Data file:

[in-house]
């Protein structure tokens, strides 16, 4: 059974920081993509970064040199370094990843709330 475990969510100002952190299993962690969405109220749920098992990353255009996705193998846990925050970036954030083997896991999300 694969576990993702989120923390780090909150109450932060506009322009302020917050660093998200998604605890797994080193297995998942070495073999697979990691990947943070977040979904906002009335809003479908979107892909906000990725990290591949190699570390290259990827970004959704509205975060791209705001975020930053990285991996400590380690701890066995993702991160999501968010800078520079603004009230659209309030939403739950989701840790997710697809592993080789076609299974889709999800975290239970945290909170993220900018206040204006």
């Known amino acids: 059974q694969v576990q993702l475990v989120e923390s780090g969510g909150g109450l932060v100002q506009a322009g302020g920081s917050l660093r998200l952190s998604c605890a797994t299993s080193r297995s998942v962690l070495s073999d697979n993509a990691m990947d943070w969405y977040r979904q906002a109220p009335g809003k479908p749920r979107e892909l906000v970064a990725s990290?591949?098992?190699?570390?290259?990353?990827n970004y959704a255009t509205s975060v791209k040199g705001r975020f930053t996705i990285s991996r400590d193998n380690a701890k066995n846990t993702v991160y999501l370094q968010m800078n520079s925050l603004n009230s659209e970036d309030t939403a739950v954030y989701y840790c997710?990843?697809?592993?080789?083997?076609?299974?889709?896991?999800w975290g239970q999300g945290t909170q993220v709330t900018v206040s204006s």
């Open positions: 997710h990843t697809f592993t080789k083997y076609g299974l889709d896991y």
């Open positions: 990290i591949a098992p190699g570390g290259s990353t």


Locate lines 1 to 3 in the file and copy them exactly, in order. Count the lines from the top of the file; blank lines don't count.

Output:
[in-house]
């Protein structure tokens, strides 16, 4: 059974920081993509970064040199370094990843709330 475990969510100002952190299993962690969405109220749920098992990353255009996705193998846990925050970036954030083997896991999300 694969576990993702989120923390780090909150109450932060506009322009302020917050660093998200998604605890797994080193297995998942070495073999697979990691990947943070977040979904906002009335809003479908979107892909906000990725990290591949190699570390290259990827970004959704509205975060791209705001975020930053990285991996400590380690701890066995993702991160999501968010800078520079603004009230659209309030939403739950989701840790997710697809592993080789076609299974889709999800975290239970945290909170993220900018206040204006």
């Known amino acids: 059974q694969v576990q993702l475990v989120e923390s780090g969510g909150g109450l932060v100002q506009a322009g302020g920081s917050l660093r998200l952190s998604c605890a797994t299993s080193r297995s998942v962690l070495s073999d697979n993509a990691m990947d943070w969405y977040r979904q906002a109220p009335g809003k479908p749920r979107e892909l906000v970064a990725s990290?591949?098992?190699?570390?290259?990353?990827n970004y959704a255009t509205s975060v791209k040199g705001r975020f930053t996705i990285s991996r400590d193998n380690a701890k066995n846990t993702v991160y999501l370094q968010m800078n520079s925050l603004n009230s659209e970036d309030t939403a739950v954030y989701y840790c997710?990843?697809?592993?080789?083997?076609?299974?889709?896991?999800w975290g239970q999300g945290t909170q993220v709330t900018v206040s204006s």